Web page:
Love Wins raises some important questions but doesn’t help readers think through the questions or search for answers, and that’s a problem.
Let me start with a disclaimer. I haven’t read Pr. Bell’s other books and I’m not eager to do so, having now forced myself to read Love Wins. I told my congregation that I was reading Love Wins and I wanted someone to give me a cookie, because it was a huge chore to get through this book. (Thank you, Connie Shakley, for the spice cake – way better than a cookie!! I finished the spice cake before I finished the book.)
I know that for Rob Bell fans this review may sound snobbish, but I do have some comments that I mean quite sincerely and seriously. I hope you all can receive them with an open mind!
I do not wish to focus on the substance of Bell’s ideas or arguments, such as they are. I believe Bell has good intentions in his heart, and he has taken pretty good aim at one of the theological rotten spots of much current popular Christian ‘thinking’ about eschatology. I do take issue with his style, though, and I hope to convince you readers that this is actually a serious matter.
Here’s a quote from the book:
As Jesus says in John 10, “I have other sheep that are not of this sheep pen.”
This should not surprise us. The gospel, as Paul writes in his letter to the Colossians, “has been proclaimed to every creature under heaven” (chap. 1).
As wide as creation.
The whole world.
Love Wins is a book that contains Whole. Paragraphs. Of. Single. Word. Sentences. Yes, I know that to many it may sound snarky even to point that out. After all, what really matters is what he says, rather than how he says it. Right?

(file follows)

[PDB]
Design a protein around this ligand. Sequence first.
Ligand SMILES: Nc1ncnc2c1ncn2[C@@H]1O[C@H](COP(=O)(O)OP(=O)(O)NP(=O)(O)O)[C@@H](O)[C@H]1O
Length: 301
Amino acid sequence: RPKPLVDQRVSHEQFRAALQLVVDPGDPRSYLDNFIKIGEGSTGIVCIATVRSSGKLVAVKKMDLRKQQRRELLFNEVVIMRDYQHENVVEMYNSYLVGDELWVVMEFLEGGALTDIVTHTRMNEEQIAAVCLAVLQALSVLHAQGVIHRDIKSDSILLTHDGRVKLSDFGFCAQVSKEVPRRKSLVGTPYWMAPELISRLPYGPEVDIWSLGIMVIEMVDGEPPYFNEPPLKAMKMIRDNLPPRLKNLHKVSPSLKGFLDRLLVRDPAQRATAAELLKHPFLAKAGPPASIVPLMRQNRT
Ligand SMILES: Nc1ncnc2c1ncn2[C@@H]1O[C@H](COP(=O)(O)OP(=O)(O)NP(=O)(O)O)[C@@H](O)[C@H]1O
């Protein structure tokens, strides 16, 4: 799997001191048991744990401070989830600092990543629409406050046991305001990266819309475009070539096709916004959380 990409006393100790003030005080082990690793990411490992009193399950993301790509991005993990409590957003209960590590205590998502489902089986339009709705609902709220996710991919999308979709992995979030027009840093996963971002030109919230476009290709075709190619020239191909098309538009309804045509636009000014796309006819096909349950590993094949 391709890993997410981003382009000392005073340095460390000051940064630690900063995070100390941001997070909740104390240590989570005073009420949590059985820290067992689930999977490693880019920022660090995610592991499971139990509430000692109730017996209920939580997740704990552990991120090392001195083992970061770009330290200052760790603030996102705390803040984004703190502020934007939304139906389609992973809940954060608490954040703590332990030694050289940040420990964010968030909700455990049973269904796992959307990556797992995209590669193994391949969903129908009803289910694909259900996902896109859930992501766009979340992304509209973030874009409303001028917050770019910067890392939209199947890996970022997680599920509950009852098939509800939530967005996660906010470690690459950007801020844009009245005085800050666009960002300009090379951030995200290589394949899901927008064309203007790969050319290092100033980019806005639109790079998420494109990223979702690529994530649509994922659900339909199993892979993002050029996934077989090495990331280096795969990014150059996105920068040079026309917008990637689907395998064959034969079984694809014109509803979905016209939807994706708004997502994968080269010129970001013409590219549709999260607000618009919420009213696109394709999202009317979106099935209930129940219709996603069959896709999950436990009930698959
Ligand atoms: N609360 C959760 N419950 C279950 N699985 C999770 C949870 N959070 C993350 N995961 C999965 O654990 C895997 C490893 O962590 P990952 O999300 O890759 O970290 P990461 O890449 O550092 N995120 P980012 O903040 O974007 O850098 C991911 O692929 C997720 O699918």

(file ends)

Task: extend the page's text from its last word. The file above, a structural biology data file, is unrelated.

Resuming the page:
No, that’s not right. This style is clearly calculated and chosen. It was created by Madison Avenue specifically in order to sway readers emotionally while short-circuiting their reason. We have all read this style before on pages of advertising copy. But I, for one, have never had to face down a whole book of such stuff.
Bell’s cultural skills are impressive
Whatever Bell’s theological and pastoral skills may be, it’s clear that his cultural skills are very impressive, and they are entirely Gen X multimedia. Take a quick look at Bell’s spotlessly metrosexual image, at his highly skilled videos, and at his brilliant media campaign for selling this book. All of the pre-release controversy and buzz about Love Wins was entirely planned in order to sell more of the book. Bell is certainly a media genius.
His weakness, however, is in thinking theologically. Jesus specifically commands us to love God with our minds, in addition to our hearts, souls, and strength, because the newness of the good news he brings requires us to be able to think through in order to think newly. Bell’s media-savvy style doesn’t help us do that.
Thinking is an unusually rare thing, because most of the time nearly all of us are merely opining rather than thinking. Real thinking means at least two things. First, it means thinking through a difficult matter. To think is to think one’s way through a matter from beginning to end, top to bottom, to put the whole question into order and into context. Second, it means leading others through that same argument, that same thought path, such they are then formed and empowered to be able to make their own way through that same matter and then to lead others as well. Opining is mere intellectual dating; thinking is intellectual love. And we know that love builds up.
Love Wins raises some genuinely important questions and does some real good in exploring some answers. He tells some good and touching stories. But my disappointment with the book is that he doesn’t make his readers better able to think their own way through these issues. I believe he fails in this because of his apparently-unwavering commitment to his advertising style.
Bell refers his readers to N.T. Wright’s book Surprised by Hope, and I heartily second that recommendation. Wright really has done the intellectual work that this set of questions requires, and the reader will come away from his book far better educated in the New Testament as well as better able to think about what God is doing toward God’s future.
Rob Bell. Love Wins: A Book about Heaven, Hell, and the Fate of Every Person who Ever Lived. HarperOne, 2011.
N.T.Wright. Surprised by Hope: Rethinking Heaven, the Resurrection, and the Mission of the Church. HarperOne, 2008.
Mark Rich holds degrees from the University of Chicago, Lutheran School of Theology at Chicago, and Northwestern University, and serves as Pastor of Peace Lutheran Church, Holland, MI.